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Egypt army ups pressure on Morsi but analysts warn of risks

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Egyptian army helicopters fly over as hundreds of thousands of Egyptian demonstrators gather outside the presidential palace in Cairo during a protest calling for the ouster of President Mohamed Morsi on July 1, 2013.AFP

The Egyptian armed forces have piled pressure on Islamist President Mohamed Morsi, to applause from the opposition who want his resignation, but analysts say their intervention may be fraught with difficulties.

The high command said on Monday that "if the demands of the people are not met" within 48 hours, the military would intervene with a "roadmap" to end the standoff, after millions took to the streets to demand that Morsi step down.

Although the warning was aimed at the political class in general, Hassan Nafaa, political scientist at the University of Cairo, said it was "an ultimatum to the president".

"The army is giving him 48 hours to accept what the people are demanding," and after the demonstrations against the president, "there is only one demand, an early presidential election," which would mean him leaving power soon, he added.

The Tamarod (Arabic for rebellion) movement, which is behind the current protests against Morsi, as well as demonstrators in Cairo's Tahrir Square, were cheered by the army's statement.

Egypt's opposition had multiplied calls for the army to put pressure on Morsi since Sunday.

Opposition leader Hamdeen Sabbahi has urged military intervention if Morsi refuses to quit.

Defence Minister and armed forces chief General Abdel Fattah al-Sisi, who said last week the military would intervene if unrest broke out in Egypt, has become a key figure in the crisis.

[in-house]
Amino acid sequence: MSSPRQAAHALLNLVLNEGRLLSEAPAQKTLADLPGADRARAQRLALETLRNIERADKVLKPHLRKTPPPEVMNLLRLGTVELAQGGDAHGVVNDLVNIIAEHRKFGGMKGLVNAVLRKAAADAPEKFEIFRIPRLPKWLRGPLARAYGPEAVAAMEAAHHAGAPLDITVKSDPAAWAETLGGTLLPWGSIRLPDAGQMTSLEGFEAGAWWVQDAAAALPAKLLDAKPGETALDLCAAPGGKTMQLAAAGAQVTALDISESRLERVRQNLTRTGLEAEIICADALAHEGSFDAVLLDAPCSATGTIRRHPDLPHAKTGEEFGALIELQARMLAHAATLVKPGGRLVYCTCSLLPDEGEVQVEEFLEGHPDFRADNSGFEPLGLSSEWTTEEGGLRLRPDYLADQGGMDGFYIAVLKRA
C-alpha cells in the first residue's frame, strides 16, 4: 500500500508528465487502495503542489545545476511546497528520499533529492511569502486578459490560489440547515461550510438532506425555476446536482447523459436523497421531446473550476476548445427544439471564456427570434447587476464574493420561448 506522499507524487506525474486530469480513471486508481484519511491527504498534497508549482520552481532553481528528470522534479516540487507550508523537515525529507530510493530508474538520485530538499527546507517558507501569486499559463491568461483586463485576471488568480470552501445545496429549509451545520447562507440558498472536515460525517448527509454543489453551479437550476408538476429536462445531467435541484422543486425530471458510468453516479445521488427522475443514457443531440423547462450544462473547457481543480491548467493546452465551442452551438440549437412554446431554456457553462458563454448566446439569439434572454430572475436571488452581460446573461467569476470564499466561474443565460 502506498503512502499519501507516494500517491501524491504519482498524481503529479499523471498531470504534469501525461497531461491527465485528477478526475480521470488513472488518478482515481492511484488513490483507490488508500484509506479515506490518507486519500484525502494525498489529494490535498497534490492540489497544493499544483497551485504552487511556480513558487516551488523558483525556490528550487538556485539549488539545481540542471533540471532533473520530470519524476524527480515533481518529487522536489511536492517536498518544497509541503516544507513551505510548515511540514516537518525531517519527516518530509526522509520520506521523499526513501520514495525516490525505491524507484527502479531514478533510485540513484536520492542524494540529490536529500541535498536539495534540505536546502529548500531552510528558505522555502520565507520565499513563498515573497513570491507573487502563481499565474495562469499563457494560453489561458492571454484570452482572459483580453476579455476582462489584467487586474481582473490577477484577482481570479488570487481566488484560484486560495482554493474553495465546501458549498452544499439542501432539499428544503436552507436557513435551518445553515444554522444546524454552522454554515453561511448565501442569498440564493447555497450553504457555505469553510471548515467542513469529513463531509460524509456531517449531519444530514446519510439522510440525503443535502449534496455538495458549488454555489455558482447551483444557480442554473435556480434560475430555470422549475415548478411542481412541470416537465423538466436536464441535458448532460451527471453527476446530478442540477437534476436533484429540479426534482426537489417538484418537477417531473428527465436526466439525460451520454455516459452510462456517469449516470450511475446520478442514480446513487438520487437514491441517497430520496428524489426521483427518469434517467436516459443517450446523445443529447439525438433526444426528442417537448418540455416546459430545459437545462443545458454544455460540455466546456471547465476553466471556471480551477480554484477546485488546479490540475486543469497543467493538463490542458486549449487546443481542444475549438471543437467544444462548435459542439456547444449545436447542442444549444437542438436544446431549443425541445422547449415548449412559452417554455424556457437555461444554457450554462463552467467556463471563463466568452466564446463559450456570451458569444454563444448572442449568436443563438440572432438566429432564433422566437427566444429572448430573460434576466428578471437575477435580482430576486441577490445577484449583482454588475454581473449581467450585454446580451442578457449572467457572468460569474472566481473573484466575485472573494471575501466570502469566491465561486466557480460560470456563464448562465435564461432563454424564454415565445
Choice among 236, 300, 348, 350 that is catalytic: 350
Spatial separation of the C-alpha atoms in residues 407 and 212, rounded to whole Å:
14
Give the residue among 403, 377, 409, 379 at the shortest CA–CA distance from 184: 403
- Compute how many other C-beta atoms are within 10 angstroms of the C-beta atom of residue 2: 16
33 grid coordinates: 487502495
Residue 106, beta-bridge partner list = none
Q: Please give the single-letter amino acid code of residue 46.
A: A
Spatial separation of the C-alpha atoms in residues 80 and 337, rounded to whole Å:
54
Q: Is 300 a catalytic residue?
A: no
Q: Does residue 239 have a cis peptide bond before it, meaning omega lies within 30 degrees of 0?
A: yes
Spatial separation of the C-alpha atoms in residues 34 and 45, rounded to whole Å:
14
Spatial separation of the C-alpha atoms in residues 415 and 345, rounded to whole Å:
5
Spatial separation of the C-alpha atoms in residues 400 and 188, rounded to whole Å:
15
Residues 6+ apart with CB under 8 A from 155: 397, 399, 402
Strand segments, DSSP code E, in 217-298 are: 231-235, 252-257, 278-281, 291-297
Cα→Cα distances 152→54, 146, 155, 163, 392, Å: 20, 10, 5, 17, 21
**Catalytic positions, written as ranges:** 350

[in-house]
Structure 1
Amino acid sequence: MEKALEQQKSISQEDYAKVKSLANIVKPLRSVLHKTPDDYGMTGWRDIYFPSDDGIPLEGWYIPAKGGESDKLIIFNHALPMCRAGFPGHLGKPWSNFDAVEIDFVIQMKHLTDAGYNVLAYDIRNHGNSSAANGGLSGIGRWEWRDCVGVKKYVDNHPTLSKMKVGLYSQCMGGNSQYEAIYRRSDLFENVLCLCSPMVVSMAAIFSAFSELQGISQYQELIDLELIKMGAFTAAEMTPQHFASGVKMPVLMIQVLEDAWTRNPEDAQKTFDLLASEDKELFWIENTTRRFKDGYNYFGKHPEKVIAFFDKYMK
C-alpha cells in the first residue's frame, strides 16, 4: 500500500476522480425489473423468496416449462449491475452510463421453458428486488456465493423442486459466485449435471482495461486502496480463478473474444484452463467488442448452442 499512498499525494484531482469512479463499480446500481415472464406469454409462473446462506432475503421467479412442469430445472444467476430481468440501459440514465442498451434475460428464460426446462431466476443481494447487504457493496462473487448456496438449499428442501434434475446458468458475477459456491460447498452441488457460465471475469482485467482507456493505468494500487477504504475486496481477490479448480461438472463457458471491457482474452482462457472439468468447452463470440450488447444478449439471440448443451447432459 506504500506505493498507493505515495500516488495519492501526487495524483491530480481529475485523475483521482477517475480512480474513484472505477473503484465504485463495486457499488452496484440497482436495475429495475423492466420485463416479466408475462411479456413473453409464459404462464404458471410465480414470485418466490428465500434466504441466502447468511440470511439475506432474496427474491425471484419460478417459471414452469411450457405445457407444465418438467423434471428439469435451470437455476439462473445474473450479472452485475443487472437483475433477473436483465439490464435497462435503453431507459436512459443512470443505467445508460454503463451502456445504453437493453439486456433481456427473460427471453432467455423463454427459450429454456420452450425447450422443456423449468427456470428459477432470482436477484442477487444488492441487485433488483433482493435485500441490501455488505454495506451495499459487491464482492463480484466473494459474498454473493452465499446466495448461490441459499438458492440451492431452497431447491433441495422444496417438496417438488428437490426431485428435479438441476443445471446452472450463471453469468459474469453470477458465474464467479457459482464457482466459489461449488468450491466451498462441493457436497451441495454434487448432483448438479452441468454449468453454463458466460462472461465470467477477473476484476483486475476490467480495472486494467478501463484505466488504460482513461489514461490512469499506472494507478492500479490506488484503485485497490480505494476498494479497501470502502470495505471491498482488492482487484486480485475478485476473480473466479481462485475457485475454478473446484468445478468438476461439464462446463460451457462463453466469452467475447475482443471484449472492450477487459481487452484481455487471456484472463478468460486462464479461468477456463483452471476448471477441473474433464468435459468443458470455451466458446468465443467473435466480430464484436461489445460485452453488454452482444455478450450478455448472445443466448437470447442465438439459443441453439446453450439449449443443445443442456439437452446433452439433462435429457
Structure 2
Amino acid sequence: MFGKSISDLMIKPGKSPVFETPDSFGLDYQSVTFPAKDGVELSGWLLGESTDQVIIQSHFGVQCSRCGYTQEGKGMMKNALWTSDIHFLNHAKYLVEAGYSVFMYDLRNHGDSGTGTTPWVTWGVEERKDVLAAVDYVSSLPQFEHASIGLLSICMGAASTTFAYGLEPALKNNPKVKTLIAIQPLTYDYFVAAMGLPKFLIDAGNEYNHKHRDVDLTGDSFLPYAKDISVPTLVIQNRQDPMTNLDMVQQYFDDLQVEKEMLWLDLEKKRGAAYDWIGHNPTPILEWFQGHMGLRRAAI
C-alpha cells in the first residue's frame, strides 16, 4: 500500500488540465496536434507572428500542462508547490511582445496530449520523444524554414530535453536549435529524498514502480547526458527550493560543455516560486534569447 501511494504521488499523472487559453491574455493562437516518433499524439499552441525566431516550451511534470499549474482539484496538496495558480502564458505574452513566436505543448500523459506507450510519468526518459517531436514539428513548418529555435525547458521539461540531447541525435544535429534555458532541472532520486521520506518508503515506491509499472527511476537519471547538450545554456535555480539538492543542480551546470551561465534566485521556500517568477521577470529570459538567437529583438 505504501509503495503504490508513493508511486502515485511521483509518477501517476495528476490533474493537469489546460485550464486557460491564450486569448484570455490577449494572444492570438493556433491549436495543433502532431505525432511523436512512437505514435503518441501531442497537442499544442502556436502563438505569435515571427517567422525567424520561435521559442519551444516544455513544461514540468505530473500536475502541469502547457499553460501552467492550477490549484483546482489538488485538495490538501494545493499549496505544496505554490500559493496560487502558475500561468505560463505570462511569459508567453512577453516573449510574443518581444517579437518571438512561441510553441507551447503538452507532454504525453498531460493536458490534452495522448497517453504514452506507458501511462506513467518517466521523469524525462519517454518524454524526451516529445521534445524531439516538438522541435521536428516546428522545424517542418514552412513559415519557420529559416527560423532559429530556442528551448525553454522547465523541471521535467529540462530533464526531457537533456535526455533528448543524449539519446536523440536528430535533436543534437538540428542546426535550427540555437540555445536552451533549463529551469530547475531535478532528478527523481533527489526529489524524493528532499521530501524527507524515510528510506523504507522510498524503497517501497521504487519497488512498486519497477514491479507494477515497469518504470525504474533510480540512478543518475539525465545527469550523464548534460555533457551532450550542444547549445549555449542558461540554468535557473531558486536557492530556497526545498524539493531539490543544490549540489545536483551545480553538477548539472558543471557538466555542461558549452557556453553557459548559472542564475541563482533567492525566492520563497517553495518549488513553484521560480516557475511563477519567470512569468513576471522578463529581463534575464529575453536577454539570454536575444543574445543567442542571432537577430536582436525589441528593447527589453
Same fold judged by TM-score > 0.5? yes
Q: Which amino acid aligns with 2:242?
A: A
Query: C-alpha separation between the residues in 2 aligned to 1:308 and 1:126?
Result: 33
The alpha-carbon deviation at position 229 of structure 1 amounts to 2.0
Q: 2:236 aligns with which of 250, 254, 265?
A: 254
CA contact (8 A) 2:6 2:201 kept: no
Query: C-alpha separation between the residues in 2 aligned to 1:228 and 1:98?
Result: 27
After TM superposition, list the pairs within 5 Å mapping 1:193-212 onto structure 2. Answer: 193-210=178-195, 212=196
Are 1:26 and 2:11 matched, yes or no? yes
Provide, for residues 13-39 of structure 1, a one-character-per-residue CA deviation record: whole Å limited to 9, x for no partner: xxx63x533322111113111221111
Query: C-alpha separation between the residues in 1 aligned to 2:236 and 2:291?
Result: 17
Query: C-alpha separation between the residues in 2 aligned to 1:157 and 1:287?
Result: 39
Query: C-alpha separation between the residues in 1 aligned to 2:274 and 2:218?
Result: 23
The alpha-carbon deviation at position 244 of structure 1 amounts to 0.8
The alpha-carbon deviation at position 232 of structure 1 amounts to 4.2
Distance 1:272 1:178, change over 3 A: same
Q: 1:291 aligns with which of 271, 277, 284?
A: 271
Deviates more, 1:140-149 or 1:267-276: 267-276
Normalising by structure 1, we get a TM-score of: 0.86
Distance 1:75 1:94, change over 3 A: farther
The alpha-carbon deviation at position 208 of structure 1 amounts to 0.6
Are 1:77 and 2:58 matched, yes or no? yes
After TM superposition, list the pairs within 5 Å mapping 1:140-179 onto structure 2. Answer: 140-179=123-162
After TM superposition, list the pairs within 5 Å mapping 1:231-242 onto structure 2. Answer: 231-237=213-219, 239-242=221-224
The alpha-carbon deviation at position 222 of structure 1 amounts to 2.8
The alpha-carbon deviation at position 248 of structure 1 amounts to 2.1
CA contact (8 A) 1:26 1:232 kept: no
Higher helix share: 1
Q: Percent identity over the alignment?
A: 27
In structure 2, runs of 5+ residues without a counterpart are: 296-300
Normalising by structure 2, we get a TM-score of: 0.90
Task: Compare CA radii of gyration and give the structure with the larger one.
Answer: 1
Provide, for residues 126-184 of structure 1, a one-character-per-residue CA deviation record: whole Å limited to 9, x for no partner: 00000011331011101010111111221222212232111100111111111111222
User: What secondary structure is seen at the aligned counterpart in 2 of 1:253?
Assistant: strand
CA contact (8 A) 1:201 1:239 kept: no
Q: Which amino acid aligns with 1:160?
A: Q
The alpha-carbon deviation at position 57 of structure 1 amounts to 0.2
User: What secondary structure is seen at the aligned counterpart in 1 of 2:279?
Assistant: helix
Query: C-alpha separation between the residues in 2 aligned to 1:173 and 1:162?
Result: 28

Last week, Sisi warned "the armed forces have the obligation to intervene to stop Egypt from plunging into a dark tunnel of conflict and infighting".

But the army chief has refrained from backing either the president or his opponents in the standoff, or elaborating on what form military intervention might take.

The opposition hailed his statements, but the president's office was quick to deny any split between Morsi and his defence minister.

The return to prominence of the army, which headed the country between the fall of former president Hosni Mubarak and the election of Morsi in June 2012, could be problematic.

Political scientist Mostafa Kamel el-Seyyed said "the armed forces want the get the country out of this situation and to avoid a civil war, but no longer want to take power directly".

It also remains to be seen how Morsi and the movement from which he hails, the Muslim Brotherhood, will react to the military's warnings.

"An army intervention is not a long-term solution and the current opposition coalition is too weak and indecisive to provide effective leadership," said Oliver Coleman, senior Middle East analyst at British risk consultancy Maplecroft.

Some senior army officers admit they still have bad memories of the tumultuous transition when they ran the country.

At the time, the same opposition leaders who are today appealing to the military were highly critical of the ruling Supreme Council of the Armed Forces.

They accused the SCAF of continuing authoritarian rule and of carrying out human rights violations.

When Morsi sidelined the powerful head of the SCAF and then-defence minister Field Marshal Hussein Tantawi in August 2012, the move was widely welcomed.

The replacement of the septuagenarian officer, who was close to Mubarak and a veteran of the Arab-Israeli wars, by an officer 20 years his junior, marked a change of both generation and outlook for Egypt's top brass.

In recent months, the extent of Sisi's loyalty to Morsi has been the subject of intense speculation.

Originally presented as compatible with Egypt's Islamist-led government, Sisi is seen today as critical of the president, and someone who is keen to preserve the image of the military.